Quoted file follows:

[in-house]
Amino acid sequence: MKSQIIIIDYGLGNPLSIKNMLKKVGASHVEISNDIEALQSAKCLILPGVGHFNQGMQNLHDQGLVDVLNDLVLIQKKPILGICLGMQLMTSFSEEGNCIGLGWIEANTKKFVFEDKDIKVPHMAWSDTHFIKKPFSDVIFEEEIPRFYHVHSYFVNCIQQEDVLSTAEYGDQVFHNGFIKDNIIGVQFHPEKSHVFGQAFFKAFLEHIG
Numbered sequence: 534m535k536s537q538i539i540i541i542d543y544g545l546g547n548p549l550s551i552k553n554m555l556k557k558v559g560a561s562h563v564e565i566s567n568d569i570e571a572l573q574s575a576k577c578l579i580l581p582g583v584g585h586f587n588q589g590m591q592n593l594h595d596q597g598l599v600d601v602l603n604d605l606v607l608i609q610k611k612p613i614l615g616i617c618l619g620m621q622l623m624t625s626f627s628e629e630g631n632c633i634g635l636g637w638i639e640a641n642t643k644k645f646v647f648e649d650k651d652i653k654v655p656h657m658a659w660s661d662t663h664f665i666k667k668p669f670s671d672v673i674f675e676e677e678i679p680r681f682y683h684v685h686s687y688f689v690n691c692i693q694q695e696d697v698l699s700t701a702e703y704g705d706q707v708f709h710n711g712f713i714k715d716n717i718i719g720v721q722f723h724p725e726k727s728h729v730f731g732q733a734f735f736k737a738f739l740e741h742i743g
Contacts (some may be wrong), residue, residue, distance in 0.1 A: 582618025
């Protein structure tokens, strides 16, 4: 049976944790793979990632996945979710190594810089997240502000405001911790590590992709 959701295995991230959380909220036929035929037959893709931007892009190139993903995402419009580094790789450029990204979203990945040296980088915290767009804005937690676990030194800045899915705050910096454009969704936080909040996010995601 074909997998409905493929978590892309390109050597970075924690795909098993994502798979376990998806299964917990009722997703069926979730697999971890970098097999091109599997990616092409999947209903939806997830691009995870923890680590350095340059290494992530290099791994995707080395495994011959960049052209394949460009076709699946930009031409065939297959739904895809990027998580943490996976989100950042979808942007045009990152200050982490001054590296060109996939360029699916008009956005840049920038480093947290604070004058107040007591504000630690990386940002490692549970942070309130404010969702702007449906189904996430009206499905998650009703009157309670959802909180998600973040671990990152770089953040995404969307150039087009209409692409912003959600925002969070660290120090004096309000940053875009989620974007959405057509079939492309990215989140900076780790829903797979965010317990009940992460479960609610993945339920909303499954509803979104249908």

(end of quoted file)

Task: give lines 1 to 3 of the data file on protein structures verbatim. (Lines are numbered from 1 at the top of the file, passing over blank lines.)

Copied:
[in-house]
Amino acid sequence: MKSQIIIIDYGLGNPLSIKNMLKKVGASHVEISNDIEALQSAKCLILPGVGHFNQGMQNLHDQGLVDVLNDLVLIQKKPILGICLGMQLMTSFSEEGNCIGLGWIEANTKKFVFEDKDIKVPHMAWSDTHFIKKPFSDVIFEEEIPRFYHVHSYFVNCIQQEDVLSTAEYGDQVFHNGFIKDNIIGVQFHPEKSHVFGQAFFKAFLEHIG
Numbered sequence: 534m535k536s537q538i539i540i541i542d543y544g545l546g547n548p549l550s551i552k553n554m555l556k557k558v559g560a561s562h563v564e565i566s567n568d569i570e571a572l573q574s575a576k577c578l579i580l581p582g583v584g585h586f587n588q589g590m591q592n593l594h595d596q597g598l599v600d601v602l603n604d605l606v607l608i609q610k611k612p613i614l615g616i617c618l619g620m621q622l623m624t625s626f627s628e629e630g631n632c633i634g635l636g637w638i639e640a641n642t643k644k645f646v647f648e649d650k651d652i653k654v655p656h657m658a659w660s661d662t663h664f665i666k667k668p669f670s671d672v673i674f675e676e677e678i679p680r681f682y683h684v685h686s687y688f689v690n691c692i693q694q695e696d697v698l699s700t701a702e703y704g705d706q707v708f709h710n711g712f713i714k715d716n717i718i719g720v721q722f723h724p725e726k727s728h729v730f731g732q733a734f735f736k737a738f739l740e741h742i743g